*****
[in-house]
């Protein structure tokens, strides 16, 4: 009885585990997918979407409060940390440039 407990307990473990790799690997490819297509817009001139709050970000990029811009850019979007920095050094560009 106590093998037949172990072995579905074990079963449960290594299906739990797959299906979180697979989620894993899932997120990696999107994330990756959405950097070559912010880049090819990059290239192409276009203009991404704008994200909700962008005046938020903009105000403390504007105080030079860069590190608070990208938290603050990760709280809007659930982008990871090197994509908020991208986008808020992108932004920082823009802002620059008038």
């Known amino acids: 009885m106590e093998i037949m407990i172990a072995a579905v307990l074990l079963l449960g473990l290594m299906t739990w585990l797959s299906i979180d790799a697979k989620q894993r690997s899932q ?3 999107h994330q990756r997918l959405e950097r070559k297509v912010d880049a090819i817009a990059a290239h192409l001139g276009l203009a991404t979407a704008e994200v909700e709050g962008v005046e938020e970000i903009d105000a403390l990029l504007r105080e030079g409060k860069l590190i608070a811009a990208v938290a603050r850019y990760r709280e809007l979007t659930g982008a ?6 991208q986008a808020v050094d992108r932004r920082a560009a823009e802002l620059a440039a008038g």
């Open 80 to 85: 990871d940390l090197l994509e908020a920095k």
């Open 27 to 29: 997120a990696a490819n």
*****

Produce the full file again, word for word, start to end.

[in-house]
């Protein structure tokens, strides 16, 4: 009885585990997918979407409060940390440039 407990307990473990790799690997490819297509817009001139709050970000990029811009850019979007920095050094560009 106590093998037949172990072995579905074990079963449960290594299906739990797959299906979180697979989620894993899932997120990696999107994330990756959405950097070559912010880049090819990059290239192409276009203009991404704008994200909700962008005046938020903009105000403390504007105080030079860069590190608070990208938290603050990760709280809007659930982008990871090197994509908020991208986008808020992108932004920082823009802002620059008038």
């Known amino acids: 009885m106590e093998i037949m407990i172990a072995a579905v307990l074990l079963l449960g473990l290594m299906t739990w585990l797959s299906i979180d790799a697979k989620q894993r690997s899932q ?3 999107h994330q990756r997918l959405e950097r070559k297509v912010d880049a090819i817009a990059a290239h192409l001139g276009l203009a991404t979407a704008e994200v909700e709050g962008v005046e938020e970000i903009d105000a403390l990029l504007r105080e030079g409060k860069l590190i608070a811009a990208v938290a603050r850019y990760r709280e809007l979007t659930g982008a ?6 991208q986008a808020v050094d992108r932004r920082a560009a823009e802002l620059a440039a008038g």
């Open 80 to 85: 990871d940390l090197l994509e908020a920095k």
């Open 27 to 29: 997120a990696a490819n």